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The Collapse of the Oil Industry

The opinions expressed by columnists are their own and do not necessarily represent the views of
AP Photo/Ted S. Warren

The collapse of the price of a barrel of oil this week was something to see. It was cheaper for producers to pay people to take it away than it was to store it themselves, as capacity had been reached. They were offering almost $40 per barrel to take the oil. Made me wish I had an Olympic sized swimming pool I could fill up for a rainy day.


While people watched dumbfounded at how this could happen, people working in the energy industry were terrified - what would this mean for the jobs, millions of them?

The answer isn’t good. Which is probably why progressives like Congresswoman Alexandria Ocasio-Cortez celebrated the collapse by declaring, “You absolutely love to see it.” Someone on her staff with an IQ larger than their shoe size must’ve contacted her immediately upon seeing it because she deleted her comment very quickly, but she had expressed the glee of the left accurately.

Normal Americans were left confused - how could they be paying people to take oil? Oil is valuable, how could it have a negative price attached to it? 

It’s simple market principles, the kind the left normally hates. Demand is way, way down. The people drilling, largely in the Middle East and Russia, didn’t stop or cut drilling when demand dropped because few people are driving. There was no one to buy the oil by the end of that monthly cycle, so it started to accumulate. When there’s a glut of oil there are only a couple of options - sell it cheaper or hold on to it for a while. 

Well, in the time of quarantines and stay at home orders, no one needs more gas right now, or oil for any of its other applications. That leaves holding it as the only option. But the cupboard is full, there is no mass storage facility space available for the same reason no one wants to buy it. The price of building more storage costs more than “selling” it at minus $40 per barrel, so they offered it up with a cash kickback. 


This won’t mean you can drive up to your local gas station and get paid $2 a gallon to take gas off their hands, but it will lower the price of a gallon for us. At a time when so many people are out of work, seeing the pay and/or hours cut, and everything teetering on the edge, that’s not necessarily a bad thing for consumers. 

It is, however, a bad thing for the oil industry. While thoughts of huge oil companies taking a bath for a while might fill your heart with a little joy, most of the workers in that industry aren’t wearing top hats and lighting cigars with $100 bills. They’re normal Americans working as hard as anyone else to make ends meet. And they’re kind of screwed right now.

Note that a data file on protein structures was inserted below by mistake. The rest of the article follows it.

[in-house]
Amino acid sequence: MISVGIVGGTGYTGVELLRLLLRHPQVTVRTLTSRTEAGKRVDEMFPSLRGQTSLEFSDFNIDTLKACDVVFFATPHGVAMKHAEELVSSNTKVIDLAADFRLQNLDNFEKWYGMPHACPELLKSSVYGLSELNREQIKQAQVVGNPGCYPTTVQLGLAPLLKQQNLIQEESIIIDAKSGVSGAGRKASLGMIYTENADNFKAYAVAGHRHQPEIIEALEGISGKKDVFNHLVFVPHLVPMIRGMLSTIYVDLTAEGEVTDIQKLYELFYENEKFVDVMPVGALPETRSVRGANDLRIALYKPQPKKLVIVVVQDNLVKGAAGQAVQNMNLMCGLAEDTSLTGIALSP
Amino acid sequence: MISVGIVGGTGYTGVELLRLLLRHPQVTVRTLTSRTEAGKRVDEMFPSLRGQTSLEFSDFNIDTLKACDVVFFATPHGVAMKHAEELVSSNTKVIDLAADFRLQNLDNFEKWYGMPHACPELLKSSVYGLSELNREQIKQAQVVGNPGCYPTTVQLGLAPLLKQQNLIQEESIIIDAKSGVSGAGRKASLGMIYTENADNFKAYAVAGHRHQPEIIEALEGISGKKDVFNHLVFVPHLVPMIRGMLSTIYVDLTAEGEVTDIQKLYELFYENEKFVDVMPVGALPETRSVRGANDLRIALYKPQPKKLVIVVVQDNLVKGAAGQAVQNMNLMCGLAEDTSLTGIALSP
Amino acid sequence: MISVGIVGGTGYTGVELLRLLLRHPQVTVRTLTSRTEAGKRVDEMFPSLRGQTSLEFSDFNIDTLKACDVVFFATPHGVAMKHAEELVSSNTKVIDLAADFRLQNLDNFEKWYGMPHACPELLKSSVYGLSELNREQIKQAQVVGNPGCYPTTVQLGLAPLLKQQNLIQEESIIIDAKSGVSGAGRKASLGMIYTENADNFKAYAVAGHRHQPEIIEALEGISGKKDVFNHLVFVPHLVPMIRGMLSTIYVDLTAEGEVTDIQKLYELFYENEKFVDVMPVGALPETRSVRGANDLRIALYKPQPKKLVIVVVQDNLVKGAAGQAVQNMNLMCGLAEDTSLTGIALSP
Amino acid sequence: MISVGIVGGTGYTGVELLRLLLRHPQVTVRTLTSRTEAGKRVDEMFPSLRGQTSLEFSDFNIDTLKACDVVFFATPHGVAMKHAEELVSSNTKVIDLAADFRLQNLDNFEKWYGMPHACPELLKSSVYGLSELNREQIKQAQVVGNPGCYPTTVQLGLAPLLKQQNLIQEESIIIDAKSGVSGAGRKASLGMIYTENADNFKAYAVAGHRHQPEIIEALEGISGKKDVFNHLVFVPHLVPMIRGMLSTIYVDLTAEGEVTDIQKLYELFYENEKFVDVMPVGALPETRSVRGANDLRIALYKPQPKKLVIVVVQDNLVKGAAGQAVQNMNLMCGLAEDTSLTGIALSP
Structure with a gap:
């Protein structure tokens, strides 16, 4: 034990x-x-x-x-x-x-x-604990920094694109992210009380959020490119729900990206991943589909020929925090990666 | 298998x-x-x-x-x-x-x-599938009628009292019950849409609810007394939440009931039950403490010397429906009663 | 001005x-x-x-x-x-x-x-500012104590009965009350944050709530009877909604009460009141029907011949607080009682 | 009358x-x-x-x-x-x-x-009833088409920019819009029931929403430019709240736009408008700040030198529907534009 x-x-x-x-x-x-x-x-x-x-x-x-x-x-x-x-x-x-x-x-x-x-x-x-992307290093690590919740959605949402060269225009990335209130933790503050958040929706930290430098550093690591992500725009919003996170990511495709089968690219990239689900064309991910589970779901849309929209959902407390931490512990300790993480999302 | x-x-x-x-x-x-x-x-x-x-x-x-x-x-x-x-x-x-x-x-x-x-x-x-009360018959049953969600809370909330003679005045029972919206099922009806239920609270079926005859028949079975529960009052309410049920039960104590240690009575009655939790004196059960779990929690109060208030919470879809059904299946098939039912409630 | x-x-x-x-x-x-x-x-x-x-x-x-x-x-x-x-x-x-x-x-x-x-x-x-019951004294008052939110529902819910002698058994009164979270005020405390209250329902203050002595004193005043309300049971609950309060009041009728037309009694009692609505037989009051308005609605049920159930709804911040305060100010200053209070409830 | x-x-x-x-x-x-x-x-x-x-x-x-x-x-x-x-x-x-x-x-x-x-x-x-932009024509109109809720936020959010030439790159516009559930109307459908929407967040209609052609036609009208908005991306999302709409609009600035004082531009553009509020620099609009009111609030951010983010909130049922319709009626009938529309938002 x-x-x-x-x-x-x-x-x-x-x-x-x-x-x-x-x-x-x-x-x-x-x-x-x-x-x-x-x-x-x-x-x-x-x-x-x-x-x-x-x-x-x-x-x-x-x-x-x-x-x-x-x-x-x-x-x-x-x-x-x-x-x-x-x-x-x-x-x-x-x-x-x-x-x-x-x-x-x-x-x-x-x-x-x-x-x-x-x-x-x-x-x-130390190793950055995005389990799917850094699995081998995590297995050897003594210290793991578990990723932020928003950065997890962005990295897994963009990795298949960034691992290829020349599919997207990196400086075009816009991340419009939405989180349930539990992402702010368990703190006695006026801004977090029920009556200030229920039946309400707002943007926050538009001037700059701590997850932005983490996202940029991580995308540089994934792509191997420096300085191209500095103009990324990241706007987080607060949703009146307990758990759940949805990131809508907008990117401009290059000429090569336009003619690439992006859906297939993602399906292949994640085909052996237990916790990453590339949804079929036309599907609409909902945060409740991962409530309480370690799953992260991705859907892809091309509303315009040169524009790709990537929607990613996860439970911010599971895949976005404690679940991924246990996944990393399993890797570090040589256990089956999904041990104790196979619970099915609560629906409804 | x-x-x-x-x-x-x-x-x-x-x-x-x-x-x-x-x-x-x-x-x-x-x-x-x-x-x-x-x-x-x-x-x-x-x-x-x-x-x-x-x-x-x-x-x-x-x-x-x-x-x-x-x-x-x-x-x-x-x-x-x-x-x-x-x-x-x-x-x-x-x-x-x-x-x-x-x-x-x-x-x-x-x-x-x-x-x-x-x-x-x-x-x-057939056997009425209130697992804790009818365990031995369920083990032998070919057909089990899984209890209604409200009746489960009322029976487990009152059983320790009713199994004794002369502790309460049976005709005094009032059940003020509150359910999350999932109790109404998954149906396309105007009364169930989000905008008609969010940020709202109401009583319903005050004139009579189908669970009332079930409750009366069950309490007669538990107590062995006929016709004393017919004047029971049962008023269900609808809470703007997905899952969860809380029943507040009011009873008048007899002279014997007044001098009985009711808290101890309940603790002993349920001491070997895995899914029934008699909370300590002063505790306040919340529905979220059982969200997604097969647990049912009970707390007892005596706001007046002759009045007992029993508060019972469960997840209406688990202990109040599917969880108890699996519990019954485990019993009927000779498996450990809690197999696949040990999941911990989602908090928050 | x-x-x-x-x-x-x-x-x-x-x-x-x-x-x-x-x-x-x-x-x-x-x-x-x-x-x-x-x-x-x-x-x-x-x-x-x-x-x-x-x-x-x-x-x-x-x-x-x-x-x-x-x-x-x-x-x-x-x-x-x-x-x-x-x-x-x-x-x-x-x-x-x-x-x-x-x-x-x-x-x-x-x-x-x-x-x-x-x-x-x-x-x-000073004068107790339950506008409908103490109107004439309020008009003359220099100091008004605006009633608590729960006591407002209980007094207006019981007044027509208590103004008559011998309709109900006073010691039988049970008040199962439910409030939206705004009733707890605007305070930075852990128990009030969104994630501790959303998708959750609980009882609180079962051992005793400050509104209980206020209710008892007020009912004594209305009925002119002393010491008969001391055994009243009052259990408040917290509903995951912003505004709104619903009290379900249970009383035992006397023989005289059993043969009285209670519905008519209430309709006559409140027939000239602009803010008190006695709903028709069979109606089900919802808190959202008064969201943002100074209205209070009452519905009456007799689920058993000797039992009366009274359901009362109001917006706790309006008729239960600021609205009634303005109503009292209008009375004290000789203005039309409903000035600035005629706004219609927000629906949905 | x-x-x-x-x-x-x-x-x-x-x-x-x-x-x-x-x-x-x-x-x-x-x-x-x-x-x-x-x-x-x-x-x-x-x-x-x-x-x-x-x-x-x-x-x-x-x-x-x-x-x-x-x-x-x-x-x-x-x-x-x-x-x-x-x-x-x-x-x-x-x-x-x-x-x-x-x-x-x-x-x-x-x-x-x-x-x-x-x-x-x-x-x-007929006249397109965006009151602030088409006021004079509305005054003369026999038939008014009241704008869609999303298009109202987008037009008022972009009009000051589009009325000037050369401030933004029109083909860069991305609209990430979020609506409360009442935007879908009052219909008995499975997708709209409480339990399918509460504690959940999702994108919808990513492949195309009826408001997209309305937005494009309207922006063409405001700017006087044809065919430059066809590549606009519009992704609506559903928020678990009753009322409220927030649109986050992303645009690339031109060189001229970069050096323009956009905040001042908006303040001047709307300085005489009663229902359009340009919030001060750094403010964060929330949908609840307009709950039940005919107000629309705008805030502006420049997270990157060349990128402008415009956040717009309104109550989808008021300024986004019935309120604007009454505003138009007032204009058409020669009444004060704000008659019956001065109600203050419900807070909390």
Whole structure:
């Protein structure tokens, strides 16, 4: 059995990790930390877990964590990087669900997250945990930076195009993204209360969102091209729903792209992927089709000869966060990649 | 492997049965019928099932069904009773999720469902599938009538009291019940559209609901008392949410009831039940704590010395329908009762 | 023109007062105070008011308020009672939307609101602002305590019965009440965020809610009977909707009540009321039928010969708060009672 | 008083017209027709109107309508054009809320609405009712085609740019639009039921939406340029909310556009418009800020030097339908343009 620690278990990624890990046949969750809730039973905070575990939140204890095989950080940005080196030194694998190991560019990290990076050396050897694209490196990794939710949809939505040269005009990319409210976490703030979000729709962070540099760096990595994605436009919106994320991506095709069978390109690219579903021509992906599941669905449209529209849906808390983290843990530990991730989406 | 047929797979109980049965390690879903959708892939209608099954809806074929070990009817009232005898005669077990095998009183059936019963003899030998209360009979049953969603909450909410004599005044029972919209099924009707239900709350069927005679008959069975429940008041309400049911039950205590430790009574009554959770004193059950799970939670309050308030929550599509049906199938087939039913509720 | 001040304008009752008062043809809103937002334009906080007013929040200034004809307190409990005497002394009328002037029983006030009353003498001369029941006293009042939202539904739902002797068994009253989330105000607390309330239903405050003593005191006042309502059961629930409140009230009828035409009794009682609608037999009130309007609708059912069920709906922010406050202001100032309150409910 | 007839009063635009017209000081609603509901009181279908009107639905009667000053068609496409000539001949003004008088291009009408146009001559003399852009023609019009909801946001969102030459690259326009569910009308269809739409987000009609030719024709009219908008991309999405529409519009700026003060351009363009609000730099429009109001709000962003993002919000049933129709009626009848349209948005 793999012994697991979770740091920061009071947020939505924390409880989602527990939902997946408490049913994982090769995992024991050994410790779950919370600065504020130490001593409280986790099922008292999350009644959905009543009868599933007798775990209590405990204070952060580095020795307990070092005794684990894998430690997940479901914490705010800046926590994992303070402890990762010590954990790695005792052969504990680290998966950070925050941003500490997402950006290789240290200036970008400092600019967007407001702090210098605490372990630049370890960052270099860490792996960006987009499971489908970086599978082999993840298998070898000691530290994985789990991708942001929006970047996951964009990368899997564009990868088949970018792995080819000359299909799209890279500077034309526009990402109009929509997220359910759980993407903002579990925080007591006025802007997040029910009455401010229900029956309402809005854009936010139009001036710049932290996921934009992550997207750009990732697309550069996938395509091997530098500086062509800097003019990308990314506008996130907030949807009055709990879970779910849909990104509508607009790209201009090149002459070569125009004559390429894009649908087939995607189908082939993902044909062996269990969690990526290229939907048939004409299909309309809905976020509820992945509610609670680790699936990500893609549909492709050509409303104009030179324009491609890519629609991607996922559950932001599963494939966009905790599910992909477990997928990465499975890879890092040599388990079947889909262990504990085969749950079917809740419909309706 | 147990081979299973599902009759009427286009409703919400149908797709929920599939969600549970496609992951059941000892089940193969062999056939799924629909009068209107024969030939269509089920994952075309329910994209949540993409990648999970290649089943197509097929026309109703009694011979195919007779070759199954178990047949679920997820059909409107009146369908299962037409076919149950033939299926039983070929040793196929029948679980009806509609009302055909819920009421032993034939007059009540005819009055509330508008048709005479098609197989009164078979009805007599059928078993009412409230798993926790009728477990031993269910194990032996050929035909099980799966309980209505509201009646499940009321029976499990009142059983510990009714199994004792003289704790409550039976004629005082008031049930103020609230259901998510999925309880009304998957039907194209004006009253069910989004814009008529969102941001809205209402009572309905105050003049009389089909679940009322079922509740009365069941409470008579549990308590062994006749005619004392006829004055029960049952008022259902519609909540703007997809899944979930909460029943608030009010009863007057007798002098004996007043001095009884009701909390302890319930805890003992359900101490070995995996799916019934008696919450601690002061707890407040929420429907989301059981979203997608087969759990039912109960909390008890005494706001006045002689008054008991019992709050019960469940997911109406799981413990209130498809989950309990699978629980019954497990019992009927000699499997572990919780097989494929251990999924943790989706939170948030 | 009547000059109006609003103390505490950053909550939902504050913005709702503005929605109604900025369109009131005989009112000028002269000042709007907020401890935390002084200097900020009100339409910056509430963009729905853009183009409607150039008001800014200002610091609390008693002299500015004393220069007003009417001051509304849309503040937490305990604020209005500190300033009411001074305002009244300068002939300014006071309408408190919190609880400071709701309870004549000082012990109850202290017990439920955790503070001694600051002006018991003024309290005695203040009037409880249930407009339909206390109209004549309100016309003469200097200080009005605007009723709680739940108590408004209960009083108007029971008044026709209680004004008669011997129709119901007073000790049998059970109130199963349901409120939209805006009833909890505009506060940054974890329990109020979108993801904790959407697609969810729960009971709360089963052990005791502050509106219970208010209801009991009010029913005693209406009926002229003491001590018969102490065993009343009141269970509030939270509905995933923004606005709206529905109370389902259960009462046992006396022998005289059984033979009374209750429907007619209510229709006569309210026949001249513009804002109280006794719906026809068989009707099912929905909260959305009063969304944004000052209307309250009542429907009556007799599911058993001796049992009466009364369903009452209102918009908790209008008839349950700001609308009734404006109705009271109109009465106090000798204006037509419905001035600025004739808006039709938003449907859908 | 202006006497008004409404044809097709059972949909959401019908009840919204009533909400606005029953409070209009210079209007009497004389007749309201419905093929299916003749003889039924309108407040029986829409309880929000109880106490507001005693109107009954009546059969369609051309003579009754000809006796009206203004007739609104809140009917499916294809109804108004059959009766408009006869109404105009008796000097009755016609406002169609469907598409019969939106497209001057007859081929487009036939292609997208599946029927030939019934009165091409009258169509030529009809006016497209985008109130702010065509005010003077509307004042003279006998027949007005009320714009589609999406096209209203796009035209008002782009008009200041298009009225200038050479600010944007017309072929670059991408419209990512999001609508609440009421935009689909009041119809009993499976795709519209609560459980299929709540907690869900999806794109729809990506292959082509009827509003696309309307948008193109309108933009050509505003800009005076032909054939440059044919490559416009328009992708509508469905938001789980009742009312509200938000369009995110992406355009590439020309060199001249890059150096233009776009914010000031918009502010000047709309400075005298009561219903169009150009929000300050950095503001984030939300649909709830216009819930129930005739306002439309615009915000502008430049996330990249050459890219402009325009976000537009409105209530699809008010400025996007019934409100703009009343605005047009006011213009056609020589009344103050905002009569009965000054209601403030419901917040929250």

The cost to bring a barrel of oil out of the ground is higher than you can sell it for, which means everyone from the big barons to the farmer with one pump on their property has shut them down. The people who work for them have no work to do. The people who depend on them to support their businesses aren’t getting that support, etc. No one domino falls in the woods inconsequentially - it’s part of a chain of events.

The United States had just become a net oil exporter, meaning after decades of lip service about how we shouldn’t be dependent upon foreign oil, we actually weren’t. But we will be again because demand will return once the lockdown ends. The question is will we have a domestic oil industry left when it does?


Sure, the big companies will survive, but what about the small ones or the refineries? That’s a tougher proposition. 

As you would imagine, every step of the oil industry is regulated beyond belief. Some of it is good - mostly safety-related - but others are simply liberal meddling. One example of that is the “renewable fuel standards," which is basically requiring the mixing of gasoline with ethanol as a nod to “big corn” and leftists environmentalists who think it’s somehow better for the planet. It’s not. It just adds costs at a time when no one needs added costs to anything. Those renewable fuel standards could easily be waived, which would be a great place to start to keep that industry alive.

Ending the renewable fuel standard would end the practice of the federal government forcing refiners to engage in trading renewable fuel credits, usually ethanol-based corn. Corn that not only could be better used to feed people in a time of crisis but the basis for a type of fuel best known to damage car engines. The federal government created something called RINs, renewable identification numbers, which makes refiners buy and sell credits so they don’t have to blend ethanol themselves, yet another bastardization of the market.

If you wanted to destroy the oil industry, you’d do pretty much what the AOCs of the world want - make it artificially expensive to drill and add to the cost of refining gasoline at a time when people need a break. 


The free market can work, and will work, when governments stop trying to damage each other, when nonsensical regulations are repealed, and leftists just get out of its way. A low price at the pump isn’t good for anyone if there’s nothing to pump.

Derek Hunter is the host of a free daily podcast (subscribe!), host of a daily radio show on WCBM in Maryland, and author of the book, Outrage, INC., which exposes how liberals use fear and hatred to manipulate the masses. Follow him on Twitter at @DerekAHunter

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